A couple of months ago, on my post about some Stamped Embellishments, I promised that I’d do a review of the Avery Elle Pigment Ink Pads (I was just waiting to get hold of the ‘Cherry’ colour which I really wanted). So here we are!
I decided late last year that I prefer Pigment Ink to Dye Ink pads. For a good comparison video of Pigment vs Dye Inks check out Jennifer McGuire’s video HERE. Basically as I understand it, dye ink sinks into the paper to dye it, and dries really fast, but pigment ink has pigments that sit on top of the paper and dries more slowly.
I have tried Hero Arts Shadow Dye Ink Pads, and the Studio Calico Color Theory Dye Ink Pads, and while they all do work I find that I’m always drawn to my pigment inks. I like how juicy and spongy the pads are, and how you can tell straight away if you’ve made a good print or not (dye inks often need to be left for a couple of minutes for the colour to even out). So I sold my Colour Theory ink pads to allow me to buy lots of pigment ink pads instead!
Here are the Avery Elle Ink Pad colours I bought – from top to bottom, left to right, they are: Fog, Cherry, Sapphire, Lemon Grass, Fizz, Aquamarine, Kraft, and Conch Shell:
I chose these colours to fit in with some American Crafts Pigment Ink Pads that I already own (Grapefruit, Leaf, Mustard, and Wave), plus my favourite black ink to stamp with (VersaMagic Midnight Black Chalk Ink):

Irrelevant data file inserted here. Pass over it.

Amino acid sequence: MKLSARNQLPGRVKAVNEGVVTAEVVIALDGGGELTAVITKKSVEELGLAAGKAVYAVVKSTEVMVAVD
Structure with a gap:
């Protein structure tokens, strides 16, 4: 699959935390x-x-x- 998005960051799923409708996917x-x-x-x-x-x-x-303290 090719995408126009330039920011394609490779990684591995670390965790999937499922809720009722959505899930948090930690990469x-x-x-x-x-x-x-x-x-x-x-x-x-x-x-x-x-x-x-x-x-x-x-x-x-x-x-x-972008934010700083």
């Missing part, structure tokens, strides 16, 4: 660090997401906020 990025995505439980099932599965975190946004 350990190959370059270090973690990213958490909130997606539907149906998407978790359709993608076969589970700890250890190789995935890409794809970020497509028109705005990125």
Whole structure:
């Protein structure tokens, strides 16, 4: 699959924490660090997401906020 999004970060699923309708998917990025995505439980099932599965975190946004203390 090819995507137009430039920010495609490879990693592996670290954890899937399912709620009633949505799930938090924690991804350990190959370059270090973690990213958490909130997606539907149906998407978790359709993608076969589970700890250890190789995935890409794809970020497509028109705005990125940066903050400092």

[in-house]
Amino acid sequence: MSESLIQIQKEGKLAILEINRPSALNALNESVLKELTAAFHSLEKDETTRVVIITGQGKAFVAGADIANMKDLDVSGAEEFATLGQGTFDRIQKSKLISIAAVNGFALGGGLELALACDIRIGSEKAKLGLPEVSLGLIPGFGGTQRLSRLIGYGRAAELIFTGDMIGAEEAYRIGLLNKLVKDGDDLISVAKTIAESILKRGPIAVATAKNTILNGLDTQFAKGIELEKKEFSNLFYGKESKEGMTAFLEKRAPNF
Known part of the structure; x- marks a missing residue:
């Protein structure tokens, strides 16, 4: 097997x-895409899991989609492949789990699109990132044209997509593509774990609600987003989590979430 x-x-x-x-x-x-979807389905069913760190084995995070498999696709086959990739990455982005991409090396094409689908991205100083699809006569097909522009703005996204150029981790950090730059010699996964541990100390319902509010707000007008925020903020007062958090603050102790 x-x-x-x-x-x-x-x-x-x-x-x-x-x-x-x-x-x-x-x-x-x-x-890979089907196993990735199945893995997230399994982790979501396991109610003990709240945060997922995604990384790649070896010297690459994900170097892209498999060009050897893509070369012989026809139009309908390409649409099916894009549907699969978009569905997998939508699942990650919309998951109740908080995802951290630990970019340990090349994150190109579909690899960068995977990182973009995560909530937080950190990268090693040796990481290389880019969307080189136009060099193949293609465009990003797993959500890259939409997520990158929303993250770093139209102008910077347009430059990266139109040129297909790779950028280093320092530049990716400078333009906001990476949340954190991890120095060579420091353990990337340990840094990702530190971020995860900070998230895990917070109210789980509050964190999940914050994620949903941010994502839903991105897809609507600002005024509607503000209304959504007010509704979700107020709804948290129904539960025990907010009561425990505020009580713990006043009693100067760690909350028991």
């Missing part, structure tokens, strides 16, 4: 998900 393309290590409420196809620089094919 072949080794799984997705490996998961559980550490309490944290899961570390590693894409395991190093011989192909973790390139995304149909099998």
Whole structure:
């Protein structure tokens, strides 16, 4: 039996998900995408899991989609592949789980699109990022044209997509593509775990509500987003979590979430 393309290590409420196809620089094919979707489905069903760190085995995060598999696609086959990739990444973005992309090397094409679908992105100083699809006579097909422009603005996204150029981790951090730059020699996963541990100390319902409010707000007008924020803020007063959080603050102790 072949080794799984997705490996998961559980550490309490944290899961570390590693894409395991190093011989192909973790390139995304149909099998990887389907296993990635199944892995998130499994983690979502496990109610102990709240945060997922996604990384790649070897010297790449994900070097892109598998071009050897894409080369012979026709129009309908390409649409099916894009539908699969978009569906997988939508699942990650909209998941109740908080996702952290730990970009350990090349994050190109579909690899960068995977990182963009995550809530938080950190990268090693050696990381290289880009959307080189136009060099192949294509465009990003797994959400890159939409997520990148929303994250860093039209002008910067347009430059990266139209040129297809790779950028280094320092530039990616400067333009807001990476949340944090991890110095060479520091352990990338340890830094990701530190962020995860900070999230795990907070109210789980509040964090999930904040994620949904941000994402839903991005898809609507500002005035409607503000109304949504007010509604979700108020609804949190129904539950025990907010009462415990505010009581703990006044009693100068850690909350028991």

Here’s the Avery Elle Ink Pad Colours all stamped with a solid kite image:
And a close up of the Sapphire one to show the coverage:
One thing to note with Pigment Inks is because they take longer to dry you need to be really careful not to smudge them! Below shows how I rubbed my finger across a kite stamped with the Fog ink – this was 15 minutes after I stamped it and the colour still smudged a little:
Here are the colours again, this time stamped with a sentiment that has thin lines:
They came out really clearly!
I thought I’d try the inks out on a few different surfaces too. I started with a selection of white / light papers, stamping the Fog ink with a triangle stamp. The ‘Cheap White Cardstock (Matte)’ is what all the samples above are stamped on too:
And then I tried it out on a few other more unusual surfaces – cork, linen, grey chipboard, a feather, a wood veneer shape, and a kraft chipboard shape, this time using the Cherry Ink Pad and a chevron stamp:
I am loving the feather!
I also made a quick card, overlapping stamped images to check whether the inks would blend / smudge where they were layered up:
They didn’t smudge or bleed into each other at all, so that was awesome! I did wait for 30 seconds or so before layering one stamped image on top of another, but that was it. It was a quick way to make a nice colourful card!
One last thing to point out is that you might not always get a good stamped image, but this is often because of the quality of the stamp rather than the ink. On the card above you can see that the flowers and the sentiment are not quite as crisp as my other images – these stamps feel more bouncy or wobbly when I’m stamping them, which I guess is down to the manufacturing process. I still like to use them, but I am aware my images might not be so perfect with them.
I really like the Avery Elle Pigment Ink Pads, and I want more colours now – especially Sugar Plum as that looks like a nice deep purple.
What do you think? Do you have a favourite brand or type of ink pad to stamp with? If you have any questions let me know!
I’ll see you again soon,